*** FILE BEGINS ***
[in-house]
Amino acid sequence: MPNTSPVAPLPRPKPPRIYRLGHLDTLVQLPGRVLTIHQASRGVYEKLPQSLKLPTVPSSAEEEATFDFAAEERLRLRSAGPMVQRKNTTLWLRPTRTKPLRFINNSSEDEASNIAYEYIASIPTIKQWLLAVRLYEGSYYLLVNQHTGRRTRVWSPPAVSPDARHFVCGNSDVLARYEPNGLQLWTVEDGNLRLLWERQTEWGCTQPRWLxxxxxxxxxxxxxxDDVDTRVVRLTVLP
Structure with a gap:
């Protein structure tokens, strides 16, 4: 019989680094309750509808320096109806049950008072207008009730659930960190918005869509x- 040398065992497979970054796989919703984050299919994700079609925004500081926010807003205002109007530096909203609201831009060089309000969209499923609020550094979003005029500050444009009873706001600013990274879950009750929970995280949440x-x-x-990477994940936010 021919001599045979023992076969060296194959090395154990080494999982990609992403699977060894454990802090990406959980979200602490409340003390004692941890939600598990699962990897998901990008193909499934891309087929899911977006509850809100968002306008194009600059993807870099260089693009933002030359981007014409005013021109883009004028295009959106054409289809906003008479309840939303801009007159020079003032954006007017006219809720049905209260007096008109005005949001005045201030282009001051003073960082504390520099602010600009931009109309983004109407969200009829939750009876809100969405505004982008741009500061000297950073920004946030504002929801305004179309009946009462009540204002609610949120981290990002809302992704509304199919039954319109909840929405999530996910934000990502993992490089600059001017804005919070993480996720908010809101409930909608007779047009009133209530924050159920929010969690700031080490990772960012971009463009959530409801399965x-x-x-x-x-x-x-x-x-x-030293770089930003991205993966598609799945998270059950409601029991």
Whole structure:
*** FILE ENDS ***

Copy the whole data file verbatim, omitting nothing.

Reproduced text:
[in-house]
Amino acid sequence: MPNTSPVAPLPRPKPPRIYRLGHLDTLVQLPGRVLTIHQASRGVYEKLPQSLKLPTVPSSAEEEATFDFAAEERLRLRSAGPMVQRKNTTLWLRPTRTKPLRFINNSSEDEASNIAYEYIASIPTIKQWLLAVRLYEGSYYLLVNQHTGRRTRVWSPPAVSPDARHFVCGNSDVLARYEPNGLQLWTVEDGNLRLLWERQTEWGCTQPRWLxxxxxxxxxxxxxxDDVDTRVVRLTVLP
Structure with a gap:
């Protein structure tokens, strides 16, 4: 019989680094309750509808320096109806049950008072207008009730659930960190918005869509x- 040398065992497979970054796989919703984050299919994700079609925004500081926010807003205002109007530096909203609201831009060089309000969209499923609020550094979003005029500050444009009873706001600013990274879950009750929970995280949440x-x-x-990477994940936010 021919001599045979023992076969060296194959090395154990080494999982990609992403699977060894454990802090990406959980979200602490409340003390004692941890939600598990699962990897998901990008193909499934891309087929899911977006509850809100968002306008194009600059993807870099260089693009933002030359981007014409005013021109883009004028295009959106054409289809906003008479309840939303801009007159020079003032954006007017006219809720049905209260007096008109005005949001005045201030282009001051003073960082504390520099602010600009931009109309983004109407969200009829939750009876809100969405505004982008741009500061000297950073920004946030504002929801305004179309009946009462009540204002609610949120981290990002809302992704509304199919039954319109909840929405999530996910934000990502993992490089600059001017804005919070993480996720908010809101409930909608007779047009009133209530924050159920929010969690700031080490990772960012971009463009959530409801399965x-x-x-x-x-x-x-x-x-x-030293770089930003991205993966598609799945998270059950409601029991």
Whole structure: